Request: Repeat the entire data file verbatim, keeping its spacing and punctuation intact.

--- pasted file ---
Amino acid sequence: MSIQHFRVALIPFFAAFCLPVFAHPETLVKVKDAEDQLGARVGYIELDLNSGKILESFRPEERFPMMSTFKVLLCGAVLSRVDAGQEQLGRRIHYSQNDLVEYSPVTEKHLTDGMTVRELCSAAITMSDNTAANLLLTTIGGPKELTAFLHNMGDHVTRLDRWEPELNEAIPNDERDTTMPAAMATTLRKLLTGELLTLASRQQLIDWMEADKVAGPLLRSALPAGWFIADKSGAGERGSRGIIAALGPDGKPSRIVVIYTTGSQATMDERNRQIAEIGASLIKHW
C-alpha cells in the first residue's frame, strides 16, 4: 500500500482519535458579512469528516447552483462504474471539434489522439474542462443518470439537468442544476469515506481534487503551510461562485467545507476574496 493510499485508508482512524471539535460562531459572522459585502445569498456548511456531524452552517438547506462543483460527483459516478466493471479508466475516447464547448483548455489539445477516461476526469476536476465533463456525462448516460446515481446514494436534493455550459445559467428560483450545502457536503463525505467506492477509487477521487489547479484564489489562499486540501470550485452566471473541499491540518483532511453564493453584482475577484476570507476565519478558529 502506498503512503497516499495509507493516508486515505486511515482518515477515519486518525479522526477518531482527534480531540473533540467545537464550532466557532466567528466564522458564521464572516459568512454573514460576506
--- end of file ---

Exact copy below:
Amino acid sequence: MSIQHFRVALIPFFAAFCLPVFAHPETLVKVKDAEDQLGARVGYIELDLNSGKILESFRPEERFPMMSTFKVLLCGAVLSRVDAGQEQLGRRIHYSQNDLVEYSPVTEKHLTDGMTVRELCSAAITMSDNTAANLLLTTIGGPKELTAFLHNMGDHVTRLDRWEPELNEAIPNDERDTTMPAAMATTLRKLLTGELLTLASRQQLIDWMEADKVAGPLLRSALPAGWFIADKSGAGERGSRGIIAALGPDGKPSRIVVIYTTGSQATMDERNRQIAEIGASLIKHW
C-alpha cells in the first residue's frame, strides 16, 4: 500500500482519535458579512469528516447552483462504474471539434489522439474542462443518470439537468442544476469515506481534487503551510461562485467545507476574496 493510499485508508482512524471539535460562531459572522459585502445569498456548511456531524452552517438547506462543483460527483459516478466493471479508466475516447464547448483548455489539445477516461476526469476536476465533463456525462448516460446515481446514494436534493455550459445559467428560483450545502457536503463525505467506492477509487477521487489547479484564489489562499486540501470550485452566471473541499491540518483532511453564493453584482475577484476570507476565519478558529 502506498503512503497516499495509507493516508486515505486511515482518515477515519486518525479522526477518531482527534480531540473533540467545537464550532466557532466567528466564522458564521464572516459568512454573514460576506